FTB 05-09-2021: Cooler, Rain Turning To Snow For Many, And No Flood Threat

Issue Date: Sunday, May 9th, 2021
Issue Time: 9:00AM MDT

— Flooding is NOT expected today

Happy Mother’s Day!

This morning’s visible satellite imagery, below, shows a developing surface cyclone over the Four Corners with a thick mid/low level cloud deck along with some showers and a weak storm or two in southern Colorado. While the dynamics with this system will certainly be impressive, the main missing piece preventing heavy rain potential is the moisture content. This morning’s PW at Grand Junction was only 0.18 inches, with 0.40 inches measured at Denver. However, even western KS and NE had PW below 0.5 inches, a noticeable drop since yesterday. Overall, this system has trended a bit drier since we first began watching it five days ago. In turn, this implies less instability and more stratiform, versus convective rainfall (and yes, snowfall). Maximum atmospheric instability today will be below 500 J/kg in southern and southeastern Colorado. This is far too low for anything besides a local, short-pulsed heavy downpour so flooding is NOT expected today. However, isolated severe weather, mainly in the form of strong winds and perhaps large hail, will be possible in southeast Colorado.

West of the Continental Divide, gusty winds and low relative humidity will continue to support conditions favorable for wildfires. Fortunately, the cooler temperatures will mitigate the threat somewhat, compared to Saturday. Stay tuned to National Weather Service forecasts for updates on this.

Today’s Flood Threat Map

For more information on today’s flood threat, see the map below. If there is a threat, hover over the threat areas for more details, and click on burn areas to learn more about them. For Zone-Specific forecasts, scroll below the threat map.

Zone-Specific Forecasts:

Raton Ridge and Southeast Plains:

Mostly cloudy and much cooler with scattered to widespread showers and a few thunderstorms through the day and into the evening. Maximum 1-hour rainfall up to 0.5 inches possible for most areas below 6,000 feet, but up to 0.9 inches in far southeast CO along the OK and KS borders. A severe storm, with large hail and gusty winds to 55mph cannot be ruled out in these areas. The snow level will drop from 8,000 feet this morning down to 6,000 feet later this evening and into the overnight hours.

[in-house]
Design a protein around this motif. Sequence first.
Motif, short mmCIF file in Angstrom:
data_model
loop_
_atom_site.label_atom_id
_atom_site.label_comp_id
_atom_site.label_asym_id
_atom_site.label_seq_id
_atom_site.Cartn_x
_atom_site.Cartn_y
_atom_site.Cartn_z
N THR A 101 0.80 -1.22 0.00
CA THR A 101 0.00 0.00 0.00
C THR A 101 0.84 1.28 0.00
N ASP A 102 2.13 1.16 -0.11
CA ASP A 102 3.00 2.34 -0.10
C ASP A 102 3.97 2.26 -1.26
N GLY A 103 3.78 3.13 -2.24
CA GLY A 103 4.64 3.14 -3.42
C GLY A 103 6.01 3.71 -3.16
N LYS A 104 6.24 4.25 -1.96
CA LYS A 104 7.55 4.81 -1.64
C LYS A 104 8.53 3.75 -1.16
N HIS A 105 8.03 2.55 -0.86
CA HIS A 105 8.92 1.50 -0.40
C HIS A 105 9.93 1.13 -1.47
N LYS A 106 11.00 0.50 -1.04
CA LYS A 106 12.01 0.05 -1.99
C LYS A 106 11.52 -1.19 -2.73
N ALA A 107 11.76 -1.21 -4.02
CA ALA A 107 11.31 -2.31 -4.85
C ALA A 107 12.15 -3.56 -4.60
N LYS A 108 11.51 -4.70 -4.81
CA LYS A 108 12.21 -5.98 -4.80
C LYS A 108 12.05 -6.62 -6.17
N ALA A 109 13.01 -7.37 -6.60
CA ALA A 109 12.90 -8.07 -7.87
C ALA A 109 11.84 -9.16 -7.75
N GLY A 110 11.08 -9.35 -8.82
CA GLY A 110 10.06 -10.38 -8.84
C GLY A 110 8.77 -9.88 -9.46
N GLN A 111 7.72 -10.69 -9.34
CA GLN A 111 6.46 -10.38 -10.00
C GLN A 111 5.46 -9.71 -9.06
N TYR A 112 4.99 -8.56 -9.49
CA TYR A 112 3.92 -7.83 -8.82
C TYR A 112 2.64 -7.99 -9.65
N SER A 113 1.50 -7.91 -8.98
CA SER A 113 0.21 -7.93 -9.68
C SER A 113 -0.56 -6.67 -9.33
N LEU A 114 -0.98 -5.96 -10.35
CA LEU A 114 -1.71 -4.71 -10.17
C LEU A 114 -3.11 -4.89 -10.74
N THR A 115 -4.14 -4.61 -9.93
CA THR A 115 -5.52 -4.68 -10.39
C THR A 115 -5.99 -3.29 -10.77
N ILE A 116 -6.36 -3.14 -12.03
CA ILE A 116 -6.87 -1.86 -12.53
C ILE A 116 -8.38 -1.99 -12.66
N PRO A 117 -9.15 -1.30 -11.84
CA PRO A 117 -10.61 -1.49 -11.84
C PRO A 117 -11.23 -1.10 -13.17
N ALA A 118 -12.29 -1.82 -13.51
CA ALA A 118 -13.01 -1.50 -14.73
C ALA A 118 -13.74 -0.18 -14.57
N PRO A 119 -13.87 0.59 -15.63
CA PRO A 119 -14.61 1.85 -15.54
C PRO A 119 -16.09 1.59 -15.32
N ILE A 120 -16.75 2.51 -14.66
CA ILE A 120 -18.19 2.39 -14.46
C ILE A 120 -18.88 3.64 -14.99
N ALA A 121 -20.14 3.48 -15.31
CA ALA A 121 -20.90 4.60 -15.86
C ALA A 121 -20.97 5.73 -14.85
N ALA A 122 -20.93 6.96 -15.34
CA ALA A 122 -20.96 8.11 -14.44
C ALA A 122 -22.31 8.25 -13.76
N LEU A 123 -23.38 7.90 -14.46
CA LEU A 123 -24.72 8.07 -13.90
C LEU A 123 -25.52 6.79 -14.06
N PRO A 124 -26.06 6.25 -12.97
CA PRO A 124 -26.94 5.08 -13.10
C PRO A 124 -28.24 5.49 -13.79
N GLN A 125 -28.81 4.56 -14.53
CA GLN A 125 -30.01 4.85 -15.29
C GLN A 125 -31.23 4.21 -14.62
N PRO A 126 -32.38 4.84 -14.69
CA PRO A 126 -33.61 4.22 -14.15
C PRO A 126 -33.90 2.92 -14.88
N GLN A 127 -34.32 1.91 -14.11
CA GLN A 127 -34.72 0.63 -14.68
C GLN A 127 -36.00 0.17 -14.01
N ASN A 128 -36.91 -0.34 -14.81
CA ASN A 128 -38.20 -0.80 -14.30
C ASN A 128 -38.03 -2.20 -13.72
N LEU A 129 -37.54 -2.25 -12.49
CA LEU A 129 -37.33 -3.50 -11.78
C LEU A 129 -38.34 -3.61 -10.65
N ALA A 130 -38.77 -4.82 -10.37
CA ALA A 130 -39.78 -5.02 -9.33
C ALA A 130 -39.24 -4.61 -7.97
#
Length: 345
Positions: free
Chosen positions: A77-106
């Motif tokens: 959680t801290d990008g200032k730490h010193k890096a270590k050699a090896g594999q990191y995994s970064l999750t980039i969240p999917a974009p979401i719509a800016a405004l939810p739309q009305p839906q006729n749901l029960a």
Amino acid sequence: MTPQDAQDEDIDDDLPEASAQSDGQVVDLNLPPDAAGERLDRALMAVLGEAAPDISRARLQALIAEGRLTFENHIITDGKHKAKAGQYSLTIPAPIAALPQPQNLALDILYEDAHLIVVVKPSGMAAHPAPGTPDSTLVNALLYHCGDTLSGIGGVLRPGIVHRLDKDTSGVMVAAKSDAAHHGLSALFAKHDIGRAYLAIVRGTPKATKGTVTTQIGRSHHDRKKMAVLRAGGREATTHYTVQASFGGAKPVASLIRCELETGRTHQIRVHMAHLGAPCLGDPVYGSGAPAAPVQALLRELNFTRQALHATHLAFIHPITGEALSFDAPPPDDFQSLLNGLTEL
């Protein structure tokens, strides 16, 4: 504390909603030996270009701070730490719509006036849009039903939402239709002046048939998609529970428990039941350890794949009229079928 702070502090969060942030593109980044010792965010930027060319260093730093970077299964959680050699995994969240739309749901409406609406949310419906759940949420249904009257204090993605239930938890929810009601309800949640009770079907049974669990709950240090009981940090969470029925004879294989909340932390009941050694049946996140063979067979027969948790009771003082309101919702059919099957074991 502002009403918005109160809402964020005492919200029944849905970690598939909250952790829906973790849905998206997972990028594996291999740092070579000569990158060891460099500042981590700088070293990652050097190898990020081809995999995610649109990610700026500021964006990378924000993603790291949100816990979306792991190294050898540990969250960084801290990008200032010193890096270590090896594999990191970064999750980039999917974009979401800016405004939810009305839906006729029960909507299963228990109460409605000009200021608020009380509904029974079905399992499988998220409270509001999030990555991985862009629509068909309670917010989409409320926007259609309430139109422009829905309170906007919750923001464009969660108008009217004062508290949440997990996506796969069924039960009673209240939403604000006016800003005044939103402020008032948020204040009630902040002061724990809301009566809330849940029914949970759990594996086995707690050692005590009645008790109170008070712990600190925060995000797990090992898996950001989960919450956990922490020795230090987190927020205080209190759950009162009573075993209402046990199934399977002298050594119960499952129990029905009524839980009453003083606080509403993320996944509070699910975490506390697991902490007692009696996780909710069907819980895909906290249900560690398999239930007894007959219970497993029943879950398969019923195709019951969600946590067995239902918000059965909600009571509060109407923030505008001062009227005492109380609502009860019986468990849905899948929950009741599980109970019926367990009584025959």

The Spring Creek burn scar is not expected to have flooding concerns because precipitation will be transitioning to snow later today, if it hasn’t done so already.

Flooding is NOT expected today.

Primetime: Now through 6AM, with highest rainfall intensity between 1PM and 7PM

Northern Mountains, Front Range, Urban Corridor, Central Mountains, Palmer Ridge, Northeast Plains:

Increasing clouds and much cooler with isolated to scattered rain and snow showers developing later this afternoon and increasing in coverage overnight. A rumble of thunder cannot be ruled out. Max 1-hour rainfall up to 0.4 inches earlier in the afternoon. The snow level will drop from 7,500 feet this afternoon to 5,000 feet overnight.

Fire burn scars are not anticipated to experience flooding issues because of the combination of light rainfall intensity and transition of precipitation into snowfall.

Flooding is NOT expected today.

Primetime: 1PM through the overnight hours

Grand Valley, San Juan Mountains, Southwest Slope & San Luis Valley, Northwest Slope:

Mostly sunny to partly cloudy and cooler this afternoon. Rain and snow showers will increase in coverage this afternoon mainly for elevations above 7,500 feet. Below this level, it will be too dry for any significant precipitation. Max 1-hour rainfall up to 0.2 inches. A Red Flag warning is currently in effect for the San Luis Valley, so please stay tuned to your local NWS office for updates on fire conditions.

Flooding is NOT expected today.